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11 November 2020
By Dean Lawson
Barengi Gadjin Land Council has launched new Dalki Garringa branding for historic Wail Nursery between Horsham and Dimboola.
Dalki Garringa will take the nursery, which provided plants for major revegetation projects in 1946, in a new direction.
Dalki Garringa means ‘good growing’ and since taking over the operation of the nursery, the land council has worked on a new plan for nursery operation.
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In keeping with aspirations of Traditional Owners, the nursery is focusing on native plants, including food species.
Nursery redevelopment will also help the land council protect cultural intellectual property and stories attached to each species.
Land council acting chief executive Tim McCartney said the new branding marked the beginning of a new era at the nursery and the growing of plants important to Traditional Owners and the region.
“And while we respect the history of the nursery, what we want to develop at Wail is a modern approach to some of our traditions along with a new economic development opportunity for our people,” he said.
The Dalki Garringa launch is the first of several new economic development projects Barengi Gadjin Land Council is pursuing.
A new economic development strategy provides a direction for developing several opportunities in the region, including new tourism products, the native nursery, bush food and hospitality opportunities.
PricewaterhouseCoopers Indigenous Consulting Report, which has indicated there is a social economic return of $4.41 for every dollar invested, is supporting the development.
While Dalki Garringa Nursery is not yet open to the public, the nursery will have a website and plans to be active on social media through Facebook and Instagram.
Plans include initially providing people with opportunities to buy some special bushfood plant packages online.
The nursery is also working on providing plants for larger-scale planting projects for organisations including Mallee Catchment Management Authority, Dja Dja Warrung, Hindmarsh Landcare Network and Greening Australia.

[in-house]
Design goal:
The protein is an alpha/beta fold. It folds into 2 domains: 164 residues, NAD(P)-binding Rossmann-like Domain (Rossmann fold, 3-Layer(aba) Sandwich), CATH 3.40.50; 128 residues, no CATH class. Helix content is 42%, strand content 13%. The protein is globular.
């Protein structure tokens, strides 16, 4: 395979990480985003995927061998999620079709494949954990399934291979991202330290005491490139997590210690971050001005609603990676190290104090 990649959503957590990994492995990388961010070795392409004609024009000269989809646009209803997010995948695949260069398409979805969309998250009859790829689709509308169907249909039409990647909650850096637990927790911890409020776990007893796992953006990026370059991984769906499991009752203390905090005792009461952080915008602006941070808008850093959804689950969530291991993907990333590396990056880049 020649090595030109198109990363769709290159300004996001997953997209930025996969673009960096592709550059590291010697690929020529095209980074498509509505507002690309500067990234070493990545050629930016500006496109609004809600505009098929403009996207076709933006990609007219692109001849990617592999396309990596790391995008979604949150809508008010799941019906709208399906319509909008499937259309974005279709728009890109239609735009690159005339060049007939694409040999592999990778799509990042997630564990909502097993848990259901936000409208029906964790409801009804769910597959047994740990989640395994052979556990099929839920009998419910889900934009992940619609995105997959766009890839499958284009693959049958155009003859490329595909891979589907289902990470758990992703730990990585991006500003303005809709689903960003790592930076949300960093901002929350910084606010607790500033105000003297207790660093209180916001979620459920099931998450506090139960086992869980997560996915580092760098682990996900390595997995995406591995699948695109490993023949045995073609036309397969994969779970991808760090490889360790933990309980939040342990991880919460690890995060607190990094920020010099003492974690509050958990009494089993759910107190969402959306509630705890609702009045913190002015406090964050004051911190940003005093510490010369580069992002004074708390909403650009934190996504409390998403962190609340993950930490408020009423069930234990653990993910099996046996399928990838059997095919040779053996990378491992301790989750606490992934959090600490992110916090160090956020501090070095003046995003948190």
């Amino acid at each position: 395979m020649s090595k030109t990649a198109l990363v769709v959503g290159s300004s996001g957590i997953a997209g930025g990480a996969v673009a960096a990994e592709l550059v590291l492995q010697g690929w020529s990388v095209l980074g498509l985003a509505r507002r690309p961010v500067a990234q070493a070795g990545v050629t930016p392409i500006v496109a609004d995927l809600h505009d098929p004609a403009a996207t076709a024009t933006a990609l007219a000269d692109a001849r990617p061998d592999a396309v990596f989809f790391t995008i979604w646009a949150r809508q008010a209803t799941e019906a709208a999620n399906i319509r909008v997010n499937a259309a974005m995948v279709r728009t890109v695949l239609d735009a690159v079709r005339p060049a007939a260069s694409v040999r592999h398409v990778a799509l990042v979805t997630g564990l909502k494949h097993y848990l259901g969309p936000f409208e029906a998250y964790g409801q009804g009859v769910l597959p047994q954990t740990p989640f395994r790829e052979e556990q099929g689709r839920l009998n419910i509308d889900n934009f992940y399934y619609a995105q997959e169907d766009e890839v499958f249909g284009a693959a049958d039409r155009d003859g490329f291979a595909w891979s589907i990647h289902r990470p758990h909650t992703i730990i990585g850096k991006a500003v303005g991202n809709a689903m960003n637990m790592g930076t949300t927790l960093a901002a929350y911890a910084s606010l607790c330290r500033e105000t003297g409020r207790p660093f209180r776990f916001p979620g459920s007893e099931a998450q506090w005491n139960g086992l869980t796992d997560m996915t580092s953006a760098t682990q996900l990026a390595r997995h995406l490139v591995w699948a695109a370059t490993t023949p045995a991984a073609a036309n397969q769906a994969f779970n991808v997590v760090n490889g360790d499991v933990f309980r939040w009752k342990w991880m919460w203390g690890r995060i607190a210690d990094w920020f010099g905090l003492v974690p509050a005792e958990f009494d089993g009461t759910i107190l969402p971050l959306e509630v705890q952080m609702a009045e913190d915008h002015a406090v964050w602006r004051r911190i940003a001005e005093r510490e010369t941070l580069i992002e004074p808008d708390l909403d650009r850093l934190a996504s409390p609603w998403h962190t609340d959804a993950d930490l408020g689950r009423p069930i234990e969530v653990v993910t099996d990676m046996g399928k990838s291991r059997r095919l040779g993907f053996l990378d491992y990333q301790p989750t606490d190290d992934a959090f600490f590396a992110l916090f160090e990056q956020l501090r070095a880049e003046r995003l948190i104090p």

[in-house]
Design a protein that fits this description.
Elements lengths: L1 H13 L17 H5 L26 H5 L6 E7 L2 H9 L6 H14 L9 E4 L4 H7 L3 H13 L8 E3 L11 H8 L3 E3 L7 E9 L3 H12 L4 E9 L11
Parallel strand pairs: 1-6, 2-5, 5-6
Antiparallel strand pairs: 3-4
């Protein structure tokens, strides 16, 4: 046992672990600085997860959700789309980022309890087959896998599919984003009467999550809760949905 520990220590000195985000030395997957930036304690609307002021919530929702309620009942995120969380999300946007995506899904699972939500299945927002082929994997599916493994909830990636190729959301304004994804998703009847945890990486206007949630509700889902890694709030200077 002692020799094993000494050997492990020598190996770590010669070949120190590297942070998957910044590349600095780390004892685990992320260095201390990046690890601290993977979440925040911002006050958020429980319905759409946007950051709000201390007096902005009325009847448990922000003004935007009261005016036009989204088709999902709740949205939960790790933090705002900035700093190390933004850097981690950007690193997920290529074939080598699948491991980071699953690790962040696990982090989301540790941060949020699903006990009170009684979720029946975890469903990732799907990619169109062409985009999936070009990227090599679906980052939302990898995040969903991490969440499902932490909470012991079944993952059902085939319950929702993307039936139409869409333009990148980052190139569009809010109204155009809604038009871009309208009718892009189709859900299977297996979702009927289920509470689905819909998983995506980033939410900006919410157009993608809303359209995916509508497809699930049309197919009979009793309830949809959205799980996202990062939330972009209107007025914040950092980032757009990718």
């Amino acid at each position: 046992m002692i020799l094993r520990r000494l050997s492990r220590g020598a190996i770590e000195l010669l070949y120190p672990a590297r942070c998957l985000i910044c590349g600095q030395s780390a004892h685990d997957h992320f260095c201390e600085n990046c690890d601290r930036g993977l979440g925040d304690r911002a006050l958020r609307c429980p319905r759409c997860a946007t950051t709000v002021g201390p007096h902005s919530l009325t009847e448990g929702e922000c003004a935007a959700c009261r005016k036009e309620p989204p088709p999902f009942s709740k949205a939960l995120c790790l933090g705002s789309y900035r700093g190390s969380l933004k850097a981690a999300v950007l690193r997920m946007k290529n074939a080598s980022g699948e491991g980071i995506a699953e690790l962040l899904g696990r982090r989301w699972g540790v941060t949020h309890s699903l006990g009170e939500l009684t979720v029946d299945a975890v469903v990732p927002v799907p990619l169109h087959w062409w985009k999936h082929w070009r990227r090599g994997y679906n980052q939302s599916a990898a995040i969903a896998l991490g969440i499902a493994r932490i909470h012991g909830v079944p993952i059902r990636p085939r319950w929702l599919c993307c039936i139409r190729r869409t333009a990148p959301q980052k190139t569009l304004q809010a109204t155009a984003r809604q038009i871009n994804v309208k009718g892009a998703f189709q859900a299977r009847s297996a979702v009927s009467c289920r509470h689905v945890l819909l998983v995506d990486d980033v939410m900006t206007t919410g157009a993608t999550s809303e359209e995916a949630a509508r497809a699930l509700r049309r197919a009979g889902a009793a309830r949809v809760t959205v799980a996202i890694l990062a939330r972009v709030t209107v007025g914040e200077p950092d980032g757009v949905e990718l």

Mr McCartney said while there would be a strong focus on growing species endemic to the region, the nursery would also look to the future to grow species suitable for a changing climate and for bushfire-revegetation projects across the state.
He said as a consequence there would be a significant focus on plants that provided value for environmental management and improving biodiversity.
“We believe the nursery, which has historically played an important role in providing plants for revegetation projects in the region as well as being a retail outlet for home gardeners, will have an important role in providing plants for innovative bushfood and produce plantings as an emerging new horticultural enterprise in the region,” he said.
“Launching in NAIDOC Week is recognition of an important milestone in the redevelopment of the nursery.”
The nursery development has attracted State Government funding through a $2-million Djakitjuk Djanga program, steering financial backing to Victorian Aboriginal businesses working to develop the industry.
It is one of 13 projects to gain funding support.
Djakitjuk Djanga translates to ‘country’s food’ in Dja Dja Wurrung language.
The Djakitjuk Djanga grants are helping Aboriginal Victorian-owned businesses expand operations and trial commercial production of native plants for food and botanicals.
Agriculture Minister Jaclyn Symes said the program contributed to the development of an authentic Victorian native foods and botanicals industry.
“It celebrates the rich variety of native plants that add a unique Australian touch to products,” she said.
“We’re so proud to partner with the Federation of Victorian Traditional Owner Corporations to deliver the grants program and support the growth of this industry.”
The entire November 11, 2020 edition of The Weekly Advertiser is available online. READ IT HERE!